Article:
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Your data, as you want

01 Aug 2010

It seems everyone is ‘on’ Facebook, whether you are a government department, telecommunications business or simply someone with funny cat photos to share.

Recently Bloomburg Business Week reported that Facebook founder Mark Zuckerberg may have signed a contract which if upheld, would see the company transfer ownership. In addition to its ownership uncertainty, Facebook has a nasty habit of making unilateral changes to the usage policies, effectively the contract it has with each Facebook user. While I was in the UK recently I heard about a musical instrument supplier. They have sold their goods through Amazon for many years, with Amazon taking about a seven percent commission.

That week, Amazon announced that it was getting into the musical instrument vending business itself. Coincidentally Amazon was also unilaterally doubling the commission it was charging to third party music instrument vendors.

So what do these anecdotes mean for people who have invested everything in ‘the cloud’ – the people who rely on Facebook, or Google apps, or Amazon, to be the ‘internet of everything’, for their livelihood?

How do you shift from one vendor to another? If their infrastructure is cutting out, or the terms of service becoming more and more unfavourable, or your ISP is favouring a competitor's traffic, or your clients are moving from one application to another (Bebo anyone?), how do you move? How do you get your data and applications transferred? Is the data you created even yours in the first place? The success of the cloud is also its massive failing – scale.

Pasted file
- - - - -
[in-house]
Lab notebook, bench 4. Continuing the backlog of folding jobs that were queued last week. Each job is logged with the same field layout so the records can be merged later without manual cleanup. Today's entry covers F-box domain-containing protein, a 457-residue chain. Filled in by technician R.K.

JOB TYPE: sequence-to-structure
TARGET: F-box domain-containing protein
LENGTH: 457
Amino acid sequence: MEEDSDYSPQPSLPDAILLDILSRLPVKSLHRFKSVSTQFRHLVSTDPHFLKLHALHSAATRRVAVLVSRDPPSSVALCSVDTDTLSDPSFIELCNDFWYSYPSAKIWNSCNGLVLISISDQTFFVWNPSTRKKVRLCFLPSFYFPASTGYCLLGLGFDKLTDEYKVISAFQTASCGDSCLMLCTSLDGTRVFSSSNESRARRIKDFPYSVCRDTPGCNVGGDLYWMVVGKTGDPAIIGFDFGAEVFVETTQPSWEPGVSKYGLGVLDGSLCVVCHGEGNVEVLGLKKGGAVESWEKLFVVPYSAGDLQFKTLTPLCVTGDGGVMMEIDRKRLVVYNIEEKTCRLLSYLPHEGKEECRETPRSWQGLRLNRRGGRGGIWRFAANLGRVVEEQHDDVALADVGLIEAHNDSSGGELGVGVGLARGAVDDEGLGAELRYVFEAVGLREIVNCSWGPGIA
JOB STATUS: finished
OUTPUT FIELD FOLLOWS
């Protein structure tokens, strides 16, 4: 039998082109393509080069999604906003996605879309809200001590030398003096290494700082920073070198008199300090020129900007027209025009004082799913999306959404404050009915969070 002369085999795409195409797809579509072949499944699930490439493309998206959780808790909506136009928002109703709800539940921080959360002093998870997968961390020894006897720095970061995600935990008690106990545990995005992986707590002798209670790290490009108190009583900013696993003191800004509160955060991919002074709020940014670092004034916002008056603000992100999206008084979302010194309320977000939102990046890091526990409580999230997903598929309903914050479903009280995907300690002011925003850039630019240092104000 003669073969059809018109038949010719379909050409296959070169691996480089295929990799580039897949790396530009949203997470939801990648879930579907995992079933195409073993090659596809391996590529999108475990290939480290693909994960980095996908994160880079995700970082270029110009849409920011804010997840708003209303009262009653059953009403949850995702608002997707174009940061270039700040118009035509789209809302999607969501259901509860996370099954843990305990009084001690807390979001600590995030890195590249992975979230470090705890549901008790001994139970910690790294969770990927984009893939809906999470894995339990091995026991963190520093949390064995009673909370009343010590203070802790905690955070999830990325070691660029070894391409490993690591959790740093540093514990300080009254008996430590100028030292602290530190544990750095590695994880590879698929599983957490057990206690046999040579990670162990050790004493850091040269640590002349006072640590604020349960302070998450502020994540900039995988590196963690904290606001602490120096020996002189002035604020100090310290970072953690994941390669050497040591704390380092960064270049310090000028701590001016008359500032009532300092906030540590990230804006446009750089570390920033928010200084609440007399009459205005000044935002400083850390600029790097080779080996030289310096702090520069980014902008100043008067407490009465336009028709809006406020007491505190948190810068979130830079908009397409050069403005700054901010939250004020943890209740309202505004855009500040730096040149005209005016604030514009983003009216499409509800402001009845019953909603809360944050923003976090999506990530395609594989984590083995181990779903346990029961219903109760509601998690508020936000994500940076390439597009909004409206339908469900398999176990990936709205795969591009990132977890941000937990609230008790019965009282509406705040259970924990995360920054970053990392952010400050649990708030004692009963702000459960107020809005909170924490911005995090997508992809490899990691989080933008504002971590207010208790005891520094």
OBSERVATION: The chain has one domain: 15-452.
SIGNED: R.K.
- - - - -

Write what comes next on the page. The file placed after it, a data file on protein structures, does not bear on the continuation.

The scale of the cloud has pushed down costs and increased convenience significantly. But as Google's Vint Cerf points out, there are no accepted standards or protocols for cloud services and systems to store and exchange information and systems. With the huge scale that the internet has enabled comes an equally huge imbalance in the nature of the relationship between cloud service vendors and users.

The magnitude of the lock-in that users of cloud applications find themselves committed to far outweighs anything that has preceded the current phenomenon. So, what do we do? If the convenience of cloud services is impossible to ignore, then the pitfalls and potential for ‘all of business’ disasters should be evaluated and mitigated. To start with, your data should be available to you on a device of your choosing at any time and in an open format that can be easily recognised by different software systems.

This means you should be able to back up and download your data easily and at regular intervals.

Secondly, you should easily be able to transfer from one platform to another. The best way of achieving this is to ensure that whatever cloud service you are using is based on software that is free and open source. This is easier than you might imagine. For every Google app, Twitter, or Amazon web service, there is an open source alternative.

Most, if not all, of these also run as cloud services. Examples include Wordpress, Status. net, Teambox, RedMine, FengOffice and WikiMedia. Using open source cloud services ensures that transferring from one provider to another is not just possible, but straightforward. It also guarantees that your data can be processed if you decide you have to make the shift.